This and other non-developing projects are topical because of recent moves on a much larger scale. The Trump Administration has reached an agreement with China to increase trade access for some U.S. companies to China, which is expected to include LNG exports.
Reuters news agency reported that Cheniere Energy Inc has had extensive negotiations with China about increasing U.S. liquefied natural gas exports, as the new trade deal paves the way for a second wave of LNG investment in the world’s fastest growing gas supplier.
That should benefit several companies building LNG export terminals in the United States, as the U.S. is forecast to become the third largest LNG exporter by the end of next year.
Cheniere is currently the only company able to export large cargoes of LNG from the continental United States, giving it a leg up now to ink long-term contracts with China, the world’s largest growth market for gas.
China was the third biggest importer of U.S. LNG in 2016, having imported 17.2 billion cubic feet (bcf) on six vessels, according to federal energy data. For the first two months of 2017, China imported 30.9 bcf of gas on 10 tankers.
One billion cubic feet is enough gas for about five million U.S. homes.
By 2030, Wood Mackenzie projects Chinese LNG demand will reach 75 million tonnes per. That would be worth $26 billion U.S. a year at current prices ($7 per million British thermal units). About $35 billion in Canadian dollars.
While all this has been going on, the B.C. government appears to have been sitting on its hands, treading softly around the environmental movement and political potholes. This is one area you cannot sit on your hands while waiting for the world to unfold in your favour. It is unfolding, but not in our favour.
We’ve still got the projects on the drawing boards while the Americans are preparing to cash in.
The same holds true for other mega projects like the Kinder Morgan pipeline which should have started a long time ago. Clark didn’t move forward forcefully when she had the legislative majority. Now it’s a different story, having to curry favour from the Green Party or the NDP in what appears to be a minority government position.
It’s always easy to look in the mirror, but more forceful action might have brought us past this dicey situation. If Clark had moved more decisively in the past, would we be int his pickle now? The greatest support now is coming from Alberta’s NDP premier Rachel Notley.
“It’s coming”, may no longer be a valid message, the golden goose may already be cooked.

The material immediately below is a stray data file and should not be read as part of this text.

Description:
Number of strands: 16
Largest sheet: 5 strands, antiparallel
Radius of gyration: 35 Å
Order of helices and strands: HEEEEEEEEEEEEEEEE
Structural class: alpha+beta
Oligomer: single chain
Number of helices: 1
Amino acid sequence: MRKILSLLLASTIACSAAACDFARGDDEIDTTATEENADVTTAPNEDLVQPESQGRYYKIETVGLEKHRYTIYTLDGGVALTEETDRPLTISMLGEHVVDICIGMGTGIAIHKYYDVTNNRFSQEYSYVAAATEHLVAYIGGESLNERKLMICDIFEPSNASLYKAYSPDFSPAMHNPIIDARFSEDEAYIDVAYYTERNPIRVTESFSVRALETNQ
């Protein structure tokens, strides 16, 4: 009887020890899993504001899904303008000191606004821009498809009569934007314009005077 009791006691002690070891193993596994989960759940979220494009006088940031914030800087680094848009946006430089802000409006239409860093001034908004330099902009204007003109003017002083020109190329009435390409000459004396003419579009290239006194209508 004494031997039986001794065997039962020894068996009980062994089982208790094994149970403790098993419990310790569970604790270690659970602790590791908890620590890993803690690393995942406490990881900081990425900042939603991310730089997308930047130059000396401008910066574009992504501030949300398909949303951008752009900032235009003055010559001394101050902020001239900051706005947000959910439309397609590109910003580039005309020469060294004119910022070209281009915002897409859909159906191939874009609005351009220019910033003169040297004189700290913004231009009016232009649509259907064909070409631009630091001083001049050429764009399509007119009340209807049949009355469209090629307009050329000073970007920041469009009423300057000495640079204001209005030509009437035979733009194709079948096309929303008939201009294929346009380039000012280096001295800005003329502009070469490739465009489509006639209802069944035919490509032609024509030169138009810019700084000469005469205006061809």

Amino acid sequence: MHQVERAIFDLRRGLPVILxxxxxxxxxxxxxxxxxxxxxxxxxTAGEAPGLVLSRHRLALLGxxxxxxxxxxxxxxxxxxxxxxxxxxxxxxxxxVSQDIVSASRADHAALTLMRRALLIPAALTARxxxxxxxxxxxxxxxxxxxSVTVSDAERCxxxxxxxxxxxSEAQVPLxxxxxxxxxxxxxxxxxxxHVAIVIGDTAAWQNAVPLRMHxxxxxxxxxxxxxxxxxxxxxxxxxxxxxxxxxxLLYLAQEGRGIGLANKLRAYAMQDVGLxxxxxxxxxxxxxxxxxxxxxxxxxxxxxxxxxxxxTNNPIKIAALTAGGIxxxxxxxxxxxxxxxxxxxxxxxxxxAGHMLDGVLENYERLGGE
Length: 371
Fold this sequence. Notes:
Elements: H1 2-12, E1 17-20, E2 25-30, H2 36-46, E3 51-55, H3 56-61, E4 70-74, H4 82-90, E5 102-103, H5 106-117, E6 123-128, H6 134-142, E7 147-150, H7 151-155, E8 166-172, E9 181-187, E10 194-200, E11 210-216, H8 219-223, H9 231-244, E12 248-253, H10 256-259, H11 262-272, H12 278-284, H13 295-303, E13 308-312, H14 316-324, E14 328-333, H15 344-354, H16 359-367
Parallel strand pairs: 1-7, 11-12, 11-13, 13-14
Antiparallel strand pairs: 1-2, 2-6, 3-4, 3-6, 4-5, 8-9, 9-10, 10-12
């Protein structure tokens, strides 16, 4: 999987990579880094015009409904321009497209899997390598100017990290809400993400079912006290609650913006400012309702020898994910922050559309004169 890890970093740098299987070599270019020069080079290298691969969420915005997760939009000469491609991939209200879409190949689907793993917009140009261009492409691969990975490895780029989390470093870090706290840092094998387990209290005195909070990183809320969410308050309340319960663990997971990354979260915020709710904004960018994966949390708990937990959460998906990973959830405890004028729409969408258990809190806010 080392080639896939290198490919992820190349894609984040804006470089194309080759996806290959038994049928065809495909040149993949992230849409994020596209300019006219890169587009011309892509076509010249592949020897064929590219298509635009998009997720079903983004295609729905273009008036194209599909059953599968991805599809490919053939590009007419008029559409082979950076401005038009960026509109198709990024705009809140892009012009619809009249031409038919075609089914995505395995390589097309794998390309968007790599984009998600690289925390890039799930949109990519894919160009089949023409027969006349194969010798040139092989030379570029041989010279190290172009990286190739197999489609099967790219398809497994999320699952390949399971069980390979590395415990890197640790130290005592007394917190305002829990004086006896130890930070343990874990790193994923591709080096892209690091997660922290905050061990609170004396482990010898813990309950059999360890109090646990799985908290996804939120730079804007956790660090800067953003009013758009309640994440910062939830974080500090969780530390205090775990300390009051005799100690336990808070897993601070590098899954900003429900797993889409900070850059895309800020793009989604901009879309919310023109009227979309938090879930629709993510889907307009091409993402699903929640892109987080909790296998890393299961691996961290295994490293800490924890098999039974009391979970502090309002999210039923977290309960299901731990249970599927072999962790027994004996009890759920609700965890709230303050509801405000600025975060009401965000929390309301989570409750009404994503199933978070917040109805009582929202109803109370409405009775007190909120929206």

Also, read this view on Trans Mountain pipeline
Fate of government hangs in the balance of recounts
0515 - Now that Elections BC has rejected four of the six requests for recounts in ridings where the outcome in the provincial election was determined by less than 100 votes the final Legislature standings are becoming a lot clearer.
Requests were submitted for Vancouver-False Creek, Coquitlam-Burke Mountain, Courtenay-Comox, Maple Ridge-Mission, and Richmond-Queensborough. Recounts will go ahead for Vancouver-False Creek and Courtenay-Comox and are to take place between May 22 and 24.
Recount requests are accepted if the difference between the top two candidates is 100 votes or less, or if there were errors with accepting votes, rejecting ballots or discrepancies between the ballot count and number of votes for a candidate.
Elections BC said not all requests met the 100 vote or less. Vancouver-False Creek, Liberal incumbent Sam Sullivan was elected by 560 votes ahead of New Democrat Morgane Oger. However, the was an advance voting conflicted in the ballot count.
The Courtenay-Comox recount was accepted because the difference between the top two candidates was a mere nine votes. After all is said and done, really the only one in doubt is the Courtenay-Comox count which could provide the Liberals with the magic 44 seats for a majority or if it fails, a 43 seat minority.
Playing the engagement game - who is dating to whom?
0513 - Here's a little light weekend reading. If nothing else, you'll be more confused than ever with the way everybody seems to be playing the new “Coalition Game". Most interesting is that it is reminiscent of sports pools where you pick players, trade them and whatever else you do with sport franchises.
The close finish in the provincial election and the emergence of the B.C. Green party as a political force creates a lot of opportunities to play empire builder from everyone who has ever wanted to be a mover and a shaker.
Even before the final tallies are in, they have the Greens forming a coalition government with both the B.C. Liberals and NDP, trying to create a majority government. It makes for good mental exercises, but very unlikely scenarios.
To repeat, the results are not available until the May 22-24 final count, with the number of seats still in some level of doubt, The B.C. Liberals could still form a majority government without the support of the Green Party. There’s the nine-vote margin by the NDP candidate in the Courtenay-Comox electoral district. With the margin and a large number of uncounted absentee ballots, that could swing. We don’t know who cast the uncounted ballots, but a lot of them are mail-ins. With the Liberal candidate being a former base commander at Comox air base, there could reasonably be a good number of votes for him in those ballots.
If that doesn’t confuse you, some people are suggesting the NDP could still win some of the seats they are already leading in. The Liberals lead in only one of the close seats, so that would realistically be the only seat they could still lose. With the NDP leadin in three of those close seats, the odds of them gaining. It’s a simple case of arithmetic.